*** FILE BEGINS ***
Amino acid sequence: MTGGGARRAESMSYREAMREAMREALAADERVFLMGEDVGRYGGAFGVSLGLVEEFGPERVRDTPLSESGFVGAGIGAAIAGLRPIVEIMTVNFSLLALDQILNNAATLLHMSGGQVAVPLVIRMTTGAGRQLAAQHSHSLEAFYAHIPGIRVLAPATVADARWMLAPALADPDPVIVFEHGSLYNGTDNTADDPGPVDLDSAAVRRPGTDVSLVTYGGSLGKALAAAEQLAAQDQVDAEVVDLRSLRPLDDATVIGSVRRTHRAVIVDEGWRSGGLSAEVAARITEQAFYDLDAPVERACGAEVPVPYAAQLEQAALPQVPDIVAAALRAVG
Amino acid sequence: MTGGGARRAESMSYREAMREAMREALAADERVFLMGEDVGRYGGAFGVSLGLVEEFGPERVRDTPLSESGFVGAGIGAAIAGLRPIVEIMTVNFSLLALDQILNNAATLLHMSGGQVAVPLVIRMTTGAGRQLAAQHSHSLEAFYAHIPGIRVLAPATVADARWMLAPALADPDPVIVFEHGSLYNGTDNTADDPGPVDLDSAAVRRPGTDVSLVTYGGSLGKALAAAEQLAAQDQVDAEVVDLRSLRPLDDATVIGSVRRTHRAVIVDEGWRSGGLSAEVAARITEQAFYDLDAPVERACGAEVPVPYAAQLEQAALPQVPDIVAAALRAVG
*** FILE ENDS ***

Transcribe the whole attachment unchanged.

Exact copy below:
Amino acid sequence: MTGGGARRAESMSYREAMREAMREALAADERVFLMGEDVGRYGGAFGVSLGLVEEFGPERVRDTPLSESGFVGAGIGAAIAGLRPIVEIMTVNFSLLALDQILNNAATLLHMSGGQVAVPLVIRMTTGAGRQLAAQHSHSLEAFYAHIPGIRVLAPATVADARWMLAPALADPDPVIVFEHGSLYNGTDNTADDPGPVDLDSAAVRRPGTDVSLVTYGGSLGKALAAAEQLAAQDQVDAEVVDLRSLRPLDDATVIGSVRRTHRAVIVDEGWRSGGLSAEVAARITEQAFYDLDAPVERACGAEVPVPYAAQLEQAALPQVPDIVAAALRAVG
Amino acid sequence: MTGGGARRAESMSYREAMREAMREALAADERVFLMGEDVGRYGGAFGVSLGLVEEFGPERVRDTPLSESGFVGAGIGAAIAGLRPIVEIMTVNFSLLALDQILNNAATLLHMSGGQVAVPLVIRMTTGAGRQLAAQHSHSLEAFYAHIPGIRVLAPATVADARWMLAPALADPDPVIVFEHGSLYNGTDNTADDPGPVDLDSAAVRRPGTDVSLVTYGGSLGKALAAAEQLAAQDQVDAEVVDLRSLRPLDDATVIGSVRRTHRAVIVDEGWRSGGLSAEVAARITEQAFYDLDAPVERACGAEVPVPYAAQLEQAALPQVPDIVAAALRAVG